Danville, PA – On Friday, September 8, 2017 the Borough of Danville received official designation as a Susquehanna Greenway River Town at a ceremony held at the community’s Riverfront Park.

Executive Director of the Susquehanna Greenway Partnership (SGP), Gail Kulp, presented the designation to representatives of Danville in recognition of their continued efforts to advance sustainable economic development connected to the North Branch Susquehanna River.

“The Borough of Danville, Montour Area Recreation Commission (MARC), Danville Business Alliance and other local partners have been working together to make and promote Danville as a great place to live, work and play,” said MARC Director, Bob Stoudt. “Our community’s identity has always been closely linked to the North Branch Susquehanna River and we look forward to working with the Susquehanna Greenway Partnership to create new ways for the Danville community to interact with the river.”

The Susquehanna Greenway River Towns program works within communities throughout the Susquehanna Greenway to envision, prioritize, and implement community-led projects that reconnect residents back to the Susquehanna River, create trails and river accesses, and interpret the community’s natural and cultural assets. It is based on four principles: 1) Respect and work with the nature of the river; 2) Strengthen connections with the River; 3) Involve a broad base of people with the River and their River Town; 4) Foster sustainable economic development.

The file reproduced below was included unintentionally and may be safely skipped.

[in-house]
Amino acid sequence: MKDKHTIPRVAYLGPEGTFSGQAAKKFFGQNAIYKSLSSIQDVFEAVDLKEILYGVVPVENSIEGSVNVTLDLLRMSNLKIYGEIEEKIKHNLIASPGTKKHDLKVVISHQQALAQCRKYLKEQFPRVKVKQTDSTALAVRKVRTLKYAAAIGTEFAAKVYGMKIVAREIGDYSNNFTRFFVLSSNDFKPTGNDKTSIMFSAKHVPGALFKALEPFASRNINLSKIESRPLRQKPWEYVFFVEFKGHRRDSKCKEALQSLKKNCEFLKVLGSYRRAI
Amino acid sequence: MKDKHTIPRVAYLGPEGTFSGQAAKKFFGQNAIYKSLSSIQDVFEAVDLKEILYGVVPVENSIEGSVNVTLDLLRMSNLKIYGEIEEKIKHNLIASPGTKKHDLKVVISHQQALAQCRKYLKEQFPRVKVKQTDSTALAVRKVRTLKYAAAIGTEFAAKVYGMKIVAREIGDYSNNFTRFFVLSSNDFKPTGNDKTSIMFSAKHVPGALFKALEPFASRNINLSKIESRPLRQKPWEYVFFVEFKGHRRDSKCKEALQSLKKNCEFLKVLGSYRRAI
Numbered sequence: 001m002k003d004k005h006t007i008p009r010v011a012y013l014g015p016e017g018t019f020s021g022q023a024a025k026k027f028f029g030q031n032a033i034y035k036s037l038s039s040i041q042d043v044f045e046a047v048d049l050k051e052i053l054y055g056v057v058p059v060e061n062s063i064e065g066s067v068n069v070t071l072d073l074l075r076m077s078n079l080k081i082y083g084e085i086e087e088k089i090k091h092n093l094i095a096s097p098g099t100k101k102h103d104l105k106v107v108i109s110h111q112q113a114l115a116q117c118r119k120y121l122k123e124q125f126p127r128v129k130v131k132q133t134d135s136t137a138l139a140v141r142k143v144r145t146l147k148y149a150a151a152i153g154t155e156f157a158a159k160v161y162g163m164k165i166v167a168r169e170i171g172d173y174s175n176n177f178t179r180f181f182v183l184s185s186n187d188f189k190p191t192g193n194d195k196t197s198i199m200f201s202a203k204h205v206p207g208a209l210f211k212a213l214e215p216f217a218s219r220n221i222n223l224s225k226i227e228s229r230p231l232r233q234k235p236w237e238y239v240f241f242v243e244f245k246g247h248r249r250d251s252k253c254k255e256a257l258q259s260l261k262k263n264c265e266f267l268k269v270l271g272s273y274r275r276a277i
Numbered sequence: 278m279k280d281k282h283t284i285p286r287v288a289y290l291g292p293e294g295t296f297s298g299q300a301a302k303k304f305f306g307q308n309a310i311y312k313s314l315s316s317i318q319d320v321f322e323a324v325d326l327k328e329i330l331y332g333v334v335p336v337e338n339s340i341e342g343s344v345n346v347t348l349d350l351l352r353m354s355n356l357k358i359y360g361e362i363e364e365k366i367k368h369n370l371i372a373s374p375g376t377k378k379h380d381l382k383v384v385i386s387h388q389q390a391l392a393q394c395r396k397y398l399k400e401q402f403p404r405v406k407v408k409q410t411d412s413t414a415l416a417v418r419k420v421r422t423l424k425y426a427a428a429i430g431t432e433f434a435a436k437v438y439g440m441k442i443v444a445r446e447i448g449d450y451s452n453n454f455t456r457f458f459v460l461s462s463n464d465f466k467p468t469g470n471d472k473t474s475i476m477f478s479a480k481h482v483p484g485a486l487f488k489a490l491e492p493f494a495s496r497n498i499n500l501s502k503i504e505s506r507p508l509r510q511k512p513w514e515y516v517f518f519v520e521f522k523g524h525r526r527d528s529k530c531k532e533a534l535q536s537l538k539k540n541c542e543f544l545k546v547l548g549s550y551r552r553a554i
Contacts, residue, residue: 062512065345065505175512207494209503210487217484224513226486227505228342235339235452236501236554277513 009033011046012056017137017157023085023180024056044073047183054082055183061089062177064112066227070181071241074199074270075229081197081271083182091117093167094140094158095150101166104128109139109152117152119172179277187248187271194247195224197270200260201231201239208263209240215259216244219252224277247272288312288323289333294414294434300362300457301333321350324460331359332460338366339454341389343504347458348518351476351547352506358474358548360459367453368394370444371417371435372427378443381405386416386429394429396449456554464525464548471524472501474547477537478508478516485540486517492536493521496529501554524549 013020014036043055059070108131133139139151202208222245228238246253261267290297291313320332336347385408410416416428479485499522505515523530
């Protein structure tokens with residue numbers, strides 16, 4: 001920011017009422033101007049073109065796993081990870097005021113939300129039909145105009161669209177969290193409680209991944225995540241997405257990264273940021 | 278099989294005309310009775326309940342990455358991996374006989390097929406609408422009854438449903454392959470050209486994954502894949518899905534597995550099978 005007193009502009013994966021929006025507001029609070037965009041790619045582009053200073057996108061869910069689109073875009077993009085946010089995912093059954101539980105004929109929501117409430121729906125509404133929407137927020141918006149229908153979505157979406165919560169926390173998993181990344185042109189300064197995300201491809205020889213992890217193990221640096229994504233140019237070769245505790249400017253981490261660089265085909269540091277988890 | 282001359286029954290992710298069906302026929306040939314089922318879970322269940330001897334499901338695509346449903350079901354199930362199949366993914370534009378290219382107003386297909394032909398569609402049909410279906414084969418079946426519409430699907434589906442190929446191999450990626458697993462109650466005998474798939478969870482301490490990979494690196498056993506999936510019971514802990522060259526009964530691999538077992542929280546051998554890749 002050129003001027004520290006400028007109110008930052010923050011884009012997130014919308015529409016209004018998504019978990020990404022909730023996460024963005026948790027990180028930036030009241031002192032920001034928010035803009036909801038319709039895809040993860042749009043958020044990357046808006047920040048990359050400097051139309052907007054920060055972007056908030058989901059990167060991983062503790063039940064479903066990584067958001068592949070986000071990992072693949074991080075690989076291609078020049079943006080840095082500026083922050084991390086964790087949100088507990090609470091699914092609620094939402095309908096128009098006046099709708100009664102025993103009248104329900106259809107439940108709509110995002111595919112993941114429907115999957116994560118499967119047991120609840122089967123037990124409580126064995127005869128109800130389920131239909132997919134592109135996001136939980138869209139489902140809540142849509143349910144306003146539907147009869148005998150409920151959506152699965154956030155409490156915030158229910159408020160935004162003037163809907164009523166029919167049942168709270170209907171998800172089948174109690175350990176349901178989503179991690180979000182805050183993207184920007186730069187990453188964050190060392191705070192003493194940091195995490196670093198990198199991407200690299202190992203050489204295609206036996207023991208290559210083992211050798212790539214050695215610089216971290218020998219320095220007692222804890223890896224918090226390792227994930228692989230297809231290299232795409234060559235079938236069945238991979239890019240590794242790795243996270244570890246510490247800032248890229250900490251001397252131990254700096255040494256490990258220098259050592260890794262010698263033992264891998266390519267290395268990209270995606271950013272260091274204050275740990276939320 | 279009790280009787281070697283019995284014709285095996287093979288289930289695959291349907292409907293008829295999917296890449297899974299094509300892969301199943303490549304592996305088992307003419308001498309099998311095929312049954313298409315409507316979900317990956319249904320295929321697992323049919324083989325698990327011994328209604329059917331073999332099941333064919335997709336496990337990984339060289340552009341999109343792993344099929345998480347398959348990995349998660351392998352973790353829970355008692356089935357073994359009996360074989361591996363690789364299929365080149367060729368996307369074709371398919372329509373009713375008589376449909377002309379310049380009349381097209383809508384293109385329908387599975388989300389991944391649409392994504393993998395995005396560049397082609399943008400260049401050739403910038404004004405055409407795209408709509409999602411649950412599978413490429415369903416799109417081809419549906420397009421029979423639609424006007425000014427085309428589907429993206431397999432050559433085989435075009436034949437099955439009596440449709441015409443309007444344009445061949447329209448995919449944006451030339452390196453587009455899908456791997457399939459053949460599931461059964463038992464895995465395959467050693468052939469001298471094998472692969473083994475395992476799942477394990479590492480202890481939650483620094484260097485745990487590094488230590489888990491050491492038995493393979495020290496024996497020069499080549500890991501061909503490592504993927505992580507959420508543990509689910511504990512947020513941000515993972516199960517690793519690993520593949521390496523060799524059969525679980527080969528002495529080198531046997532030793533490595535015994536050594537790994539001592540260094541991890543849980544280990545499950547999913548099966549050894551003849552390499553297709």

“Through our River Towns program we develop an understanding of how the community envisions their future,” said Kulp. “Then we work with their River Town team to build their capacity to design, construct and sustain parks, trails, and other greening projects that make their communities more attractive places to live and work.”

Danville is noted for its iron heritage, made possible by nearby ore deposits and the vast water resources needed for manufacturing and transporting goods to market. Today the community is known as the home of Geisinger Health Systems and for promoting healthy living through outdoor recreation.

The J. Manley Robbins Trail, a former rail corridor used for carrying iron ore to furnaces, was converted to a bicycle path in the 1890s, making it the oldest “Rails to Trails” corridor in the country. The towpath for the former North Branch Canal is currently being converted to a trail that will connect Danville to Catawissa in 2018. Danville’s levees will be raised in the next two years and paved trails are being planned on top of the levees.

An essential element to the success of the River Town program is having engaged volunteers and civic leaders with the community. To get involved with Danville’s River Town Team, please contact:  Bob Stout at (570) 336-2060 [email protected]

Pictured, left to right:
Trevor Finn (Montour County Commissioner), Tom Forrestal (Merck Cherokee Pharmaceuticals Plant Manager / Danville Business Alliance Board of Directors), Matt Beltz (Columbia Montour Chamber of Commerce), Ed A’Zary (Danville Borough Council), John Rodman (Danville Borough Council / Danville Business Alliance Board of Directors), Trish Carothers (Susquehanna Greenway Partnership), Jamie Shrawder (Danville Borough Director of Governmental Affairs), Ken Holdren (Montour County Commissioner), Gail Kulp (Susquehanna Greenway Partnership), Bob Stoudt (Montour Area Recreation Commission Director), Lauren Stoudt, David ‘Otto’ Kurecian (Columbia Montour Visitors Bureau Executive Director), Dan Hartman (Montour County Commissioner), Ben Stoudt and Brian Stoudt.